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Global setting examples are:
~~~
"java_gc_timelimit": 98,
"numberchunks": 25,
"chunking": true
~~~


----

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#### References
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Pipelines and tools that use references should now use the reference module.
This gives a more fine-grained control over references and enables a user to curate the references in a structural way.
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E.g. pipelines and tools which use a FASTA references should now set value `"reference_fasta"`.
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Additionally, we can set `"reference_name"` for the name to be used (e.g. `"hg19"`). If unset, Biopet will default to `unknown`.
It is also possible to set the `"species"` flag. Again, we will default to `unknown` if unset.
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#### Example settings config
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``` json
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{
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        "reference_fasta": "/references/hg19_nohap/ucsc.hg19_nohap.fasta",
        "reference_name": "hg19_nohap",
        "species": "homo_sapiens",
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        "dbsnp": "/data/LGTC/projects/vandoorn-melanoma/data/references/hg19_nohap/dbsnp_137.hg19_nohap.vcf",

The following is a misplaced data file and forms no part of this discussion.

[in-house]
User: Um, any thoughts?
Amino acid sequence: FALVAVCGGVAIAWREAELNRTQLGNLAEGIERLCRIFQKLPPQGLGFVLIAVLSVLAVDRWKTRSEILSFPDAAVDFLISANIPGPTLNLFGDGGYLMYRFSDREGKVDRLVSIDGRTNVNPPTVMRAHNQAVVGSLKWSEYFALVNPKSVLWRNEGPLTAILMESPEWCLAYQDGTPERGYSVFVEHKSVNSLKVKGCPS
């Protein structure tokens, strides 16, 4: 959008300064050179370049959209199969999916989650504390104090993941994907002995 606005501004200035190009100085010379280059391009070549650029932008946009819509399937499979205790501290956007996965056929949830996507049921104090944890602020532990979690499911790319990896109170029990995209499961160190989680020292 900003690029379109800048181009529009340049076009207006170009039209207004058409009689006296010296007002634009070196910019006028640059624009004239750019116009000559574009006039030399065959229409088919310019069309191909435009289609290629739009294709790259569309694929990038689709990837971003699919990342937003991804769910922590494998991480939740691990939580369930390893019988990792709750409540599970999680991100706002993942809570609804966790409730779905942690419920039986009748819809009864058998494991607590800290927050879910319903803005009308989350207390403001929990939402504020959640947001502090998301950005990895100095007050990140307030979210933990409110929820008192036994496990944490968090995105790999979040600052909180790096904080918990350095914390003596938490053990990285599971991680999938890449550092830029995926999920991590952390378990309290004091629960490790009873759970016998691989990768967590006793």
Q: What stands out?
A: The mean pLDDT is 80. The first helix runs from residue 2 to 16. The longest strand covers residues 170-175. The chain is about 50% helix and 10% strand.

"joint_variantcalling": false,
        "haplotypecaller": { "scattercount": 100 },
        "multisample": { "haplotypecaller": { "scattercount": 1000 } },
        "picard": { "validationstringency": "LENIENT" },
        "library_variantcalling_temp": true,
        "target_bed_temp": "/data/LGTC/projects/vandoorn-melanoma/analysis/target.bed",
        "min_dp": 5,
        "bedtools": {"exe":"/share/isilon/system/local/BEDtools/bedtools-2.17.0/bin/bedtools"},
        "bam_to_fastq": true,
        "baserecalibrator": { "memory_limit": 8, "vmem":"16G" },
        "samtofastq": {"memory_limit": 8, "vmem": "16G"},
        "java_gc_timelimit": 98,
        "numberchunks": 25,
        "chunking": true,
        "haplotypecaller": { "scattercount": 1000 }
}
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```
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# More advanced use of config files.
### 4 levels of configuring settings
In biopet, a value for a ConfigNamespace (e.g., "reference_fasta") for a tool or a pipeline can be defined in 4 different levels.
 * Level-1: As a fixed value hardcoded in biopet source code.
 * Level-2: As a user specified value in the config file (provided as an argument when running biopet command)
 * Level-3: As a system specified value in the global config file ()
 * Level-4: As a default value provided in biopet source code.

During execution, biopet framework will resolve the value for each ConfigNamespace following the order from level-1 to level-4. Hence, a value defined in the a higher level will overwrite the one define in a lower value.

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### JSON validation

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To check if the created JSON file is correct their are several possibilities: the simplest way is using [this](http://jsonformatter.curiousconcept.com/)
website. It is also possible to use Python, Scala or any other programming languages for validating JSON files but this requires some more knowledge.